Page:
The Risks of Belly Fat
Lose belly fat to reduce your risks for heart disease, cancer, and more.
Belly Fat: Men's vs. Women's Risks
Men tend to collect more belly fat than women, and it starts early in life.
"In adolescence and postadolescence, men start collecting abdominal
fat," Kuller tells WebMD. "It's one of the reasons men have more
coronary disease than women."
In one study, men with excess belly fat and a large waist were most at risk
for what researchers call "all-cause mortality" -- early death from any
cause. And because belly fat can trigger cardiovascular problems, a large belly
has also been linked to erectile dysfunction in men over age 60.
Women tend to be protected before menopause, when their fat tends to collect
on the buttocks and thighs. That type of fat may protect women from heart
damage, research suggests. The below-the-waist fat cells are believed to
produce a hormone that fights some of the heart-damaging effects of belly
At menopause, however, women's fat tends to settle in the belly, most likely
the effect of lower levels of estrogen, Kuller explains. That abdominal fat is
much more dangerous than buttocks fat -- greatly increasing a woman's risk of
death from heart disease, studies show.
- A woman is nearly five times more likely to die of heart disease if she has
both a big waist and a high level of fats in her blood, according to one Danish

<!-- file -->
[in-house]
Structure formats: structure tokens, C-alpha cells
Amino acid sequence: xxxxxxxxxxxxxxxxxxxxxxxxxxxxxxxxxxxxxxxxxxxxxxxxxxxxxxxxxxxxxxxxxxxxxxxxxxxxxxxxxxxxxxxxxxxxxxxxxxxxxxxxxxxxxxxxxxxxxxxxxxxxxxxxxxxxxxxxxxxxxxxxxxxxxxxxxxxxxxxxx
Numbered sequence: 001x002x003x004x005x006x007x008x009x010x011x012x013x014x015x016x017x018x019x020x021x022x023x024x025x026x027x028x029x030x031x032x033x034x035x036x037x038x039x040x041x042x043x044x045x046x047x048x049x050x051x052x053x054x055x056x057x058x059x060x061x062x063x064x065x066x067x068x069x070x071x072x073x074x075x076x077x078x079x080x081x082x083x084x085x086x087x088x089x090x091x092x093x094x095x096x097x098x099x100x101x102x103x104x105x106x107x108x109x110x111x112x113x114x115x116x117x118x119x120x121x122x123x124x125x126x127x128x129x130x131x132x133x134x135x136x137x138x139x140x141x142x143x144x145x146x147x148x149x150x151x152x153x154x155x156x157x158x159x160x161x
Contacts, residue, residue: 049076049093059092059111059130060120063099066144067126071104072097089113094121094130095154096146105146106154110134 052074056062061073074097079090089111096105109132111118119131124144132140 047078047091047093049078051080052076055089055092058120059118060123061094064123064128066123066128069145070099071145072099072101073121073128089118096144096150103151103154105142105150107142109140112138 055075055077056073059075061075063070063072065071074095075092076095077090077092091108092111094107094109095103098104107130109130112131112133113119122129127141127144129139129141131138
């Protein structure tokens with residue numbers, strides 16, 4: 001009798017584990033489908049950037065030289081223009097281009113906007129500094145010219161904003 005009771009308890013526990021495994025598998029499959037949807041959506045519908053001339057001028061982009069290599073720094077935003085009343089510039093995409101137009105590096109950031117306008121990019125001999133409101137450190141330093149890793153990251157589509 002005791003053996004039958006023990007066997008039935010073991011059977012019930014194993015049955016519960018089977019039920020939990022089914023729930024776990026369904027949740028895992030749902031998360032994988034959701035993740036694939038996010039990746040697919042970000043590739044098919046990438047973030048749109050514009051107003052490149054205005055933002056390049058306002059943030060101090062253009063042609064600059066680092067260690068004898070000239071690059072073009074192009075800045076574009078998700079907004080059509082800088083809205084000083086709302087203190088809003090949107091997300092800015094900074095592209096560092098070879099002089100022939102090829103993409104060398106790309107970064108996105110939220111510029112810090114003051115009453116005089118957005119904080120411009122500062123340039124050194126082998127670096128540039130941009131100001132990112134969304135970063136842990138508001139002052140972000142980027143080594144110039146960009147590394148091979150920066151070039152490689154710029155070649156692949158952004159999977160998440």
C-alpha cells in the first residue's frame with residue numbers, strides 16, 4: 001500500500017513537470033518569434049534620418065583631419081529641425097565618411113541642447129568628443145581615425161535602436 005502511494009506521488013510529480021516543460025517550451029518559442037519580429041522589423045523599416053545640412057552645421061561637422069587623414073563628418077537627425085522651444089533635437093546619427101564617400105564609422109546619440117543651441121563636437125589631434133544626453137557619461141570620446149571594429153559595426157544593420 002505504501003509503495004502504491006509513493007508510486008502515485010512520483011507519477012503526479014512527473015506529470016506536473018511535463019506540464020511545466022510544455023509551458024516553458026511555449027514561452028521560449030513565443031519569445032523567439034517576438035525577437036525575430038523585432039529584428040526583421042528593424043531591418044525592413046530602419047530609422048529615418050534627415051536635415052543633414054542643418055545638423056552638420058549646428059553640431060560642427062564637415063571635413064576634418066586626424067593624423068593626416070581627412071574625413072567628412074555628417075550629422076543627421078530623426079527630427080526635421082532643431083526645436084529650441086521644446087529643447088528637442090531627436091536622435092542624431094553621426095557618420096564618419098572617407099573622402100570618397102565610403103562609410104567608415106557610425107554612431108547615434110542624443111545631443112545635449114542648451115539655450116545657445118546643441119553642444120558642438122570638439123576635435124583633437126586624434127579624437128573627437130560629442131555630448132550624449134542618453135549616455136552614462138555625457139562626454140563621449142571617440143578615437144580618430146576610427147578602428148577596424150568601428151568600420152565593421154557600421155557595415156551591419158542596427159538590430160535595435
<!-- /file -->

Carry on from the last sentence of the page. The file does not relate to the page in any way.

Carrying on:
- Women are twice as likely to need gallstone surgery if they have a large
- Women may also have trouble getting pregnant if their belly is larger than
their hips, a condition known as central obesity.
- Women are at one-third higher risk of breast cancer if they have excess
belly fat, one study shows. In fact, several types of cancer -- breast cancer,
uterine, cervix, colon, kidney, and pancreas -- have been linked with
Here's what happens: As fat cells break down, chemicals released "act as
very powerful cell-proliferating agents," Kuller tells WebMD. "This may
be why obesity is a risk factor for various cancers... because it stimulates
cancer cells to proliferate more rapidly."
Kuller believes that breast cancer risk is due more to a woman's overall
body fat -- not just belly fat.
"There is substantial evidence that body fat causes the body to produce
more estrogen than necessary," Kuller says. "Obesity is probably the
No. 1 risk factor for postmenopausal breast cancer, especially
estrogen-receptor-positive breast cancer."